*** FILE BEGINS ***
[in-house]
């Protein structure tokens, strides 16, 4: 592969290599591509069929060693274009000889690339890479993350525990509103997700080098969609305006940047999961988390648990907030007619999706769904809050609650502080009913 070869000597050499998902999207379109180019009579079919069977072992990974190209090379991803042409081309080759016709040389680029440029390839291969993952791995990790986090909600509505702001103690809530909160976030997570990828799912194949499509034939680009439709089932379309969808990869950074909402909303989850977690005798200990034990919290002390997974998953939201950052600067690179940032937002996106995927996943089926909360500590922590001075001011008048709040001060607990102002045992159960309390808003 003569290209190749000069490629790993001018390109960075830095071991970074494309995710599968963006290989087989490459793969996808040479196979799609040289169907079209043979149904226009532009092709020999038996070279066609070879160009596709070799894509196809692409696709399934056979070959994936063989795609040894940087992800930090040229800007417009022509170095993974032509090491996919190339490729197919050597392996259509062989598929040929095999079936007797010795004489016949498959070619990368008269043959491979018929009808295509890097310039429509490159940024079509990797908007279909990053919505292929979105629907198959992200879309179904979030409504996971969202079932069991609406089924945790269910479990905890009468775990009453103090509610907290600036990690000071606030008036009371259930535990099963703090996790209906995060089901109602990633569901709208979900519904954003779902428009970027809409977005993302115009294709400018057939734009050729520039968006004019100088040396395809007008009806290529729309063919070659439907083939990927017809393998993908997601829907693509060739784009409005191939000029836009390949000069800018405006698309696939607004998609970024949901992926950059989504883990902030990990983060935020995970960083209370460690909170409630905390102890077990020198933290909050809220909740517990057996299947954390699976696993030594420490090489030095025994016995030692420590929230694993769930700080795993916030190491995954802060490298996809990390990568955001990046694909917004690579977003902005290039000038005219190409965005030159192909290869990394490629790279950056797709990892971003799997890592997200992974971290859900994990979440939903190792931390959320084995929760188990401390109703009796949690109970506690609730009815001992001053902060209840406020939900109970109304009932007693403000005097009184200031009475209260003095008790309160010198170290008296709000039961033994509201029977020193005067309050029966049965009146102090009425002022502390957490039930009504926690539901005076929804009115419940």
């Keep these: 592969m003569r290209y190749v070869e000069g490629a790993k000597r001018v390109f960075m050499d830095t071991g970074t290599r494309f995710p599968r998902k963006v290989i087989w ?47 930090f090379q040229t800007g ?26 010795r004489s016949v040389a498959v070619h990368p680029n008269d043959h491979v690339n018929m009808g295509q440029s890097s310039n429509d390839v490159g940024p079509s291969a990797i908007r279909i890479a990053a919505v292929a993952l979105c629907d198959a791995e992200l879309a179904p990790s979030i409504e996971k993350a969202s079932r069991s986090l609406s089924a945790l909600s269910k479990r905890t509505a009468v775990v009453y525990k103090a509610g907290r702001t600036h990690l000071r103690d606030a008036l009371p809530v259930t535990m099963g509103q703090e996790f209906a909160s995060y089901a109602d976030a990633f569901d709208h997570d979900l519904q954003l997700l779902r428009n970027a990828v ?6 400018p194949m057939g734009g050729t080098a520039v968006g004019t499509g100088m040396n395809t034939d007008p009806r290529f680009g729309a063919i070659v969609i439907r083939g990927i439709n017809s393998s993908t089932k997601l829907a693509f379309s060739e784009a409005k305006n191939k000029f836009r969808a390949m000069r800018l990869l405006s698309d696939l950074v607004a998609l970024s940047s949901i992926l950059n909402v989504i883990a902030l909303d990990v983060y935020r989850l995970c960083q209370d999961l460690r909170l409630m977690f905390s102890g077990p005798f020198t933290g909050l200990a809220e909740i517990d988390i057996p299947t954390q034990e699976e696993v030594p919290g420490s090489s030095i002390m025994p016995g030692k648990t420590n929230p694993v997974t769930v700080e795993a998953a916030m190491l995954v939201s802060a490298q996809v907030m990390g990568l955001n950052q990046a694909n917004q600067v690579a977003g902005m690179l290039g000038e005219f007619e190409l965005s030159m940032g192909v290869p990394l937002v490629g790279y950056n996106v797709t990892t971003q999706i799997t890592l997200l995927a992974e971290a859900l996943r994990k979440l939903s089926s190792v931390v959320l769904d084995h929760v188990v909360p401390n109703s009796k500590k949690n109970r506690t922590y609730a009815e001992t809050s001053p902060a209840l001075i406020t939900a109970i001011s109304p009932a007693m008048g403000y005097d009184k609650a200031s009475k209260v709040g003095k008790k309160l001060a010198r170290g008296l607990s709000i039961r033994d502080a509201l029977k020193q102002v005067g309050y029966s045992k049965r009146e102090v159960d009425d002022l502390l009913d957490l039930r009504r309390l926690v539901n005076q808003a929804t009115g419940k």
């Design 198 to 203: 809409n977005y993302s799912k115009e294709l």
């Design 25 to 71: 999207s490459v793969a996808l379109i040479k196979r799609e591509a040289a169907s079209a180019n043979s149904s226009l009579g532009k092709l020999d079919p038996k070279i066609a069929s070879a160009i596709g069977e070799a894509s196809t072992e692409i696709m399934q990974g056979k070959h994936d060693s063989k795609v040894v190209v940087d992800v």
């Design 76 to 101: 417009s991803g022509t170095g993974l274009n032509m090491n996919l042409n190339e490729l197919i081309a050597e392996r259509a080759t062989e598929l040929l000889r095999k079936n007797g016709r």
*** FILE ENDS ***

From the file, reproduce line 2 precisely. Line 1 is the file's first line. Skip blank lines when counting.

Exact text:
């Protein structure tokens, strides 16, 4: 592969290599591509069929060693274009000889690339890479993350525990509103997700080098969609305006940047999961988390648990907030007619999706769904809050609650502080009913 070869000597050499998902999207379109180019009579079919069977072992990974190209090379991803042409081309080759016709040389680029440029390839291969993952791995990790986090909600509505702001103690809530909160976030997570990828799912194949499509034939680009439709089932379309969808990869950074909402909303989850977690005798200990034990919290002390997974998953939201950052600067690179940032937002996106995927996943089926909360500590922590001075001011008048709040001060607990102002045992159960309390808003 003569290209190749000069490629790993001018390109960075830095071991970074494309995710599968963006290989087989490459793969996808040479196979799609040289169907079209043979149904226009532009092709020999038996070279066609070879160009596709070799894509196809692409696709399934056979070959994936063989795609040894940087992800930090040229800007417009022509170095993974032509090491996919190339490729197919050597392996259509062989598929040929095999079936007797010795004489016949498959070619990368008269043959491979018929009808295509890097310039429509490159940024079509990797908007279909990053919505292929979105629907198959992200879309179904979030409504996971969202079932069991609406089924945790269910479990905890009468775990009453103090509610907290600036990690000071606030008036009371259930535990099963703090996790209906995060089901109602990633569901709208979900519904954003779902428009970027809409977005993302115009294709400018057939734009050729520039968006004019100088040396395809007008009806290529729309063919070659439907083939990927017809393998993908997601829907693509060739784009409005191939000029836009390949000069800018405006698309696939607004998609970024949901992926950059989504883990902030990990983060935020995970960083209370460690909170409630905390102890077990020198933290909050809220909740517990057996299947954390699976696993030594420490090489030095025994016995030692420590929230694993769930700080795993916030190491995954802060490298996809990390990568955001990046694909917004690579977003902005290039000038005219190409965005030159192909290869990394490629790279950056797709990892971003799997890592997200992974971290859900994990979440939903190792931390959320084995929760188990401390109703009796949690109970506690609730009815001992001053902060209840406020939900109970109304009932007693403000005097009184200031009475209260003095008790309160010198170290008296709000039961033994509201029977020193005067309050029966049965009146102090009425002022502390957490039930009504926690539901005076929804009115419940």